SynthText. The SynthText dataset  (Gupta et al., 2016) is composed of 800,000 natural images, on which text in random colors, fonts, scales, and orientations is rendered carefully to have a realistic look. We use the dataset with word-level labels to pre-train our model.

ICDAR 2015. The ICDAR 2015 dataset (Karatzas et al., 2015) is collected for the ICDAR 2015 Robust Reading Competition, with 1,000 natural images for training and 500 for testing. The images are acquired using Google Glass and the text accidentally appear in the scene. All the text instances annotated with word-level quadrangles.

ICDAR2017-MLT. The ICDAR2017-MLT  (Nayef et al., 2017) is a large scale multi-lingual text dataset, which includes 7,200 training images, 1,800 validation images and 9,000 test images. The dataset consists of multi-oriented and multi-lingual aspects of scene text. The text regions in ICDAR2017-MLT are also annotated by quadrangles.

SCUT-CTW1500. The SCUT-CTW1500 (Yuliang et al., 2017) is a challenging dataset for curved text detection. It consists of 1,000 training images and 500 test images, and text instances are largely in English and Chinese. Different from traditional datasets, the text instances in SCUT-CTW1500 are labelled by polygons with 14 vertices.

Total-Text. The Total-Text (Ch’ng and Chan, 2017) is another curved text benchmark, which consists of 1,255 training images and 300 testing images with more than 3 different text orientations: Horizontal, Multi-Oriented, and Curved. The annotations are labelled in word-level.

Evaluation Metrics. The performance on ICDAR2015, Total-Text, SCUT-CTW1500, and ICDAR2017-MLT is evaluated using the protocols provided in (Karatzas et al., 2015; Ch’ng and Chan, 2017; Yuliang et al., 2017; Nayef et al., 2017), respectively.

4.2. Implementation Details


ResNet-50 is used as the network backbone with pre-trained weight on ImageNet 

(Deng et al., 2009)

. The skip-connection is in FPN fashion with output channel numbers of the convolutional layers set to 128 and the final output is at 1/4 size of input images. All upsample operators are the bilinear interpolation and the classification branch is activated with sigmoid while the regression branches, i.e. TCO, TVO, and TBO maps, is the output of the last convolution layer directly. The training process is divided into two steps, i.e., the warming-up and fine-tuning steps. In the warming-up step, we apply Adam optimizer to train our model with learning rate 1e-4, and the learning rate decay factor is 0.94 on the SynthText dataset. In the fine-tuning step, the learning rate is re-initiated to 1e-4 and the model is tuned on ICDAR 2015, ICDAR2017-MLT, SCUT-CTW1500 and Total-Text.

All the experiments are performed on a workstation with the following configuration, CPU: Intel(R) Xeon(R) CPU E5-2620 v2 @ 2.10GHz x16; GPU: NVIDIA TITAN Xp ; RAM: 64GB. During the training time, we set the batch size to 8 per GPU in parallel.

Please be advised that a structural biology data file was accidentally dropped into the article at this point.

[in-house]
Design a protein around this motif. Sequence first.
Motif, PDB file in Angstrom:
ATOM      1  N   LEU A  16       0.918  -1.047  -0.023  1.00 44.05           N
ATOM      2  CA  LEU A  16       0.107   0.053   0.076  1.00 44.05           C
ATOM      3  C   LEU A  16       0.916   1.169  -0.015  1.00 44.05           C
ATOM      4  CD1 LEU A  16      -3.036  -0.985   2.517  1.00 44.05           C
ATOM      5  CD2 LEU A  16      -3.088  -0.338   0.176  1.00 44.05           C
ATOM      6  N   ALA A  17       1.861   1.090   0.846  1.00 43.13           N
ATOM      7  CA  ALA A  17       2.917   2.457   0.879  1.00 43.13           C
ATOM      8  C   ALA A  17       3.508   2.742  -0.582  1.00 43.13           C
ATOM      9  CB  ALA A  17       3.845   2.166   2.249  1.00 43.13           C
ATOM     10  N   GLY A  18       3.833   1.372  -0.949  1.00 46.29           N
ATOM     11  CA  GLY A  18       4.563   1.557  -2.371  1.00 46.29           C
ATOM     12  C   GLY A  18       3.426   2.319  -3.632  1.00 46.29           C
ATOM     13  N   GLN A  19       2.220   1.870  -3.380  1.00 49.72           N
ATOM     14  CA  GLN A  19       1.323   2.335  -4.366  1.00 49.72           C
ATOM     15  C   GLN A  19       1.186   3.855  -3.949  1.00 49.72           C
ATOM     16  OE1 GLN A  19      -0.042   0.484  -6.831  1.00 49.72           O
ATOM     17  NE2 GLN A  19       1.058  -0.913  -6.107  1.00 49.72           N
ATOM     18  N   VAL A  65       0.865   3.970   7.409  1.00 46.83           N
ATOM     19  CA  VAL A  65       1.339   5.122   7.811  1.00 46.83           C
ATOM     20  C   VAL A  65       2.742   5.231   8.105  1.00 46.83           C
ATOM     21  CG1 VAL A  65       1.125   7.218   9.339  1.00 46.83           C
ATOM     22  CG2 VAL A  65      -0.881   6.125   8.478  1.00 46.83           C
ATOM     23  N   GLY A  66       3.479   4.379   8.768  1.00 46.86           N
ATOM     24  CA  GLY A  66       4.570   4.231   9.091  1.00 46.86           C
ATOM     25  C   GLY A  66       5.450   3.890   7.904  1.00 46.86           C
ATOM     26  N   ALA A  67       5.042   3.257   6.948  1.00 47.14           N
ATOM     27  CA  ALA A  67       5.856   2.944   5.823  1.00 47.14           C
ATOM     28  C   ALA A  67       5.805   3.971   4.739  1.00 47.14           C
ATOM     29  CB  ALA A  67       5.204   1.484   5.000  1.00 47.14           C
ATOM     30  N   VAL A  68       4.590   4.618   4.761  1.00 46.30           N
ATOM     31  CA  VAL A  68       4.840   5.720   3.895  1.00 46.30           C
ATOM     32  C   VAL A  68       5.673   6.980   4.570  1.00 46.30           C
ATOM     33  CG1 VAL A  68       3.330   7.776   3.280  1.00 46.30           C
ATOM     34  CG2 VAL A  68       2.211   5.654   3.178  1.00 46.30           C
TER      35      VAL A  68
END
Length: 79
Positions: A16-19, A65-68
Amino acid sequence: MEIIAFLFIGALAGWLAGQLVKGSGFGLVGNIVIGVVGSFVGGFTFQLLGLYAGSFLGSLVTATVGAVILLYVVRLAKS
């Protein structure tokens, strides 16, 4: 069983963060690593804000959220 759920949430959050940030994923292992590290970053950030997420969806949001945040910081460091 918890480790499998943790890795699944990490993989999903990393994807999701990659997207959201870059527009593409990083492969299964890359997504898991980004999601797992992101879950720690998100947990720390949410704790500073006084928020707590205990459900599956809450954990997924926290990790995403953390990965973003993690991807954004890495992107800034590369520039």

Data Augmentation.

We randomly crop the text image regions, then resize and pad them to

. Specially for curved polygon labeled datasets, we crop images without crossing text instances to avoid the destruction of polygon annotations. The cropped image regions will be rotated randomly in 4 directions (, , , and ) and standardized by subtracting the RGB mean value of ImageNet dataset. The text region, which is marked as ”DO NOT CARE” or its minimum length of edges is less than 8 pixels, will be ignored in the training process.

Testing. In inference phase, unless otherwise stated, we set the longer side to 1536 for single-scale testing, and to 512, 768, 1536, and 2048 for multi-scale testing, while keeping the aspect ratio unchanged. A specified range is assigned to each testing scale and detections from different scales are combined using NMS, which is inspired by SNIP(Singh and Davis, 2018).

4.3. Ablation Study

We conduct several ablation experiments to analyze SAST. The details are discussed as follows.

The Effectiveness of TBO, TCO and TVO. To verify the efficiency of Text Instance Segmentation Module (TVO and TCO maps) and Arbitrary Shape Representation Module (TBO map) in SAST, we conduct several experiments with the following configurations: 1) TCL + CC + Expand: It is a naive way to predict center region of text, use connected component analysis to achieve text instance segmentation, and expand the contours of connected components by a shrinking rate as the final text geometric representation. 2) TCL + CC + TBO: Instead of expending the contours directly, we reconstruct the precise polygon of a text instance with Arbitrary Shape Representation Module. 3) TCL + TVO + TCO +TBO: As a substitute for connected component analysis, we use the method of point-to-quad assignment in Text Instance Segmentation Module, which is supposed to incorporate high-level object knowledge and low-level information, and assign each pixel on the TCL map to its best matching text instances. The efficiency of the proposed method is demonstrated on SCUT-CTW1500, as shown in Tab. 1. It surpasses the first two methods by 21.75% and 1.46% in Hmean, respectively. Meanwhile, the proposed point-to-quad assignment cost almost the same time as connected component analysis.